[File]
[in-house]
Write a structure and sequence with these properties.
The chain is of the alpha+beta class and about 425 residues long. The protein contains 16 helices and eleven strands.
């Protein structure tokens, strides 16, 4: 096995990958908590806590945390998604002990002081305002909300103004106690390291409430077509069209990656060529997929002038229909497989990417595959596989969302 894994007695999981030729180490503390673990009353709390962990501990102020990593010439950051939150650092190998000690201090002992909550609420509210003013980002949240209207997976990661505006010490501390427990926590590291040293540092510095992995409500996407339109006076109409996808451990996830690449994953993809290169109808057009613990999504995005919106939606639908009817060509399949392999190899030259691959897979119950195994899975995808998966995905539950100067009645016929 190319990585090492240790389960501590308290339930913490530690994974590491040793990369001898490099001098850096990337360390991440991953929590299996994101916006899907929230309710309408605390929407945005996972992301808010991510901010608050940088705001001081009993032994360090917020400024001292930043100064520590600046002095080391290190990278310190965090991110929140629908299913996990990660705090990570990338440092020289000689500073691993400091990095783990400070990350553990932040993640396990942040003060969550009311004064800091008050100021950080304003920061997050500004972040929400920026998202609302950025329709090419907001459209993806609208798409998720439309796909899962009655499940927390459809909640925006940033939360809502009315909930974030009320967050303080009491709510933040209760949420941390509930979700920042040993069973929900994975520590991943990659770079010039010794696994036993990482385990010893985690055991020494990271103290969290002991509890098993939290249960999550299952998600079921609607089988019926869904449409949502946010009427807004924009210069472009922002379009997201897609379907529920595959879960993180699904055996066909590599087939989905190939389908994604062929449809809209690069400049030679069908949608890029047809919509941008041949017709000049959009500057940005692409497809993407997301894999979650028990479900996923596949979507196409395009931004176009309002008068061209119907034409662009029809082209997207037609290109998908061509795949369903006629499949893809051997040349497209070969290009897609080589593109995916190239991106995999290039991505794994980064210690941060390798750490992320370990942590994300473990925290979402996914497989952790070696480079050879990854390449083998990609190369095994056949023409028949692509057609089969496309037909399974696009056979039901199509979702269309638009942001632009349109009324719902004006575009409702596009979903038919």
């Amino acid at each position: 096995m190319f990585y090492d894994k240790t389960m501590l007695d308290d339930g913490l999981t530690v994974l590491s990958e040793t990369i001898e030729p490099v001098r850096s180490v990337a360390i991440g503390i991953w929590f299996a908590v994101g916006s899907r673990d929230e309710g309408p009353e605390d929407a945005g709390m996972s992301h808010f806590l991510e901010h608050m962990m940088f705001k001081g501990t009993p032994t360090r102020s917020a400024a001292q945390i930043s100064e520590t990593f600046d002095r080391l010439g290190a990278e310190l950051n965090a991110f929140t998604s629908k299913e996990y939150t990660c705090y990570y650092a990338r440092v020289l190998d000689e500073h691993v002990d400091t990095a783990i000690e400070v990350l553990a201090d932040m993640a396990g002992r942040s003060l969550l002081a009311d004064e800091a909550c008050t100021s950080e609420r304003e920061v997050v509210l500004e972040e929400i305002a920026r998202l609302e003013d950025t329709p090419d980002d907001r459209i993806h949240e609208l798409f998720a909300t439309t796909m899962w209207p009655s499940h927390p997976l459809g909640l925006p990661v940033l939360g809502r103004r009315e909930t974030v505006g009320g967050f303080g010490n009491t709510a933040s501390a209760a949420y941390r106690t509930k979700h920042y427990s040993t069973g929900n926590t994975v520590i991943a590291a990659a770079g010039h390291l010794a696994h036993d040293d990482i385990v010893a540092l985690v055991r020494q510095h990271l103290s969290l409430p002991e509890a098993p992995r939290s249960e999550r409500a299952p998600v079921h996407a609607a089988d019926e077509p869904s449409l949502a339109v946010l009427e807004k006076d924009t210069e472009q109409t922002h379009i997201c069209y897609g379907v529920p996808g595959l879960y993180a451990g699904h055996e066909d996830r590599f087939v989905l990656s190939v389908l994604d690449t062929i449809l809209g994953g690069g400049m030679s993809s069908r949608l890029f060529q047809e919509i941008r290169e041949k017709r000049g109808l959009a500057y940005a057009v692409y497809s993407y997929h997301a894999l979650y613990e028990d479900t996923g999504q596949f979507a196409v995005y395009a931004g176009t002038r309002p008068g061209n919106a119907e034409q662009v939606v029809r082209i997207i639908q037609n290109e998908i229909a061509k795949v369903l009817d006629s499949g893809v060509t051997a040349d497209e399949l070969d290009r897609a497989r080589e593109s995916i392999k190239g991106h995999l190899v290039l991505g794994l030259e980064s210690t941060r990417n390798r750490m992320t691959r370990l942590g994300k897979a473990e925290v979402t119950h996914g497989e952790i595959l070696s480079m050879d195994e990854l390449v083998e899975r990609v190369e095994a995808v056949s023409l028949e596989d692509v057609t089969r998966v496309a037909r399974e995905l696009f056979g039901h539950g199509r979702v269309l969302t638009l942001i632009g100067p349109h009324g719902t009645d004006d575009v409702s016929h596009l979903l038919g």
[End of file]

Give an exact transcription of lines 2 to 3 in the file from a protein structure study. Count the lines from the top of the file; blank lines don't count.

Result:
Write a structure and sequence with these properties.
The chain is of the alpha+beta class and about 425 residues long. The protein contains 16 helices and eleven strands.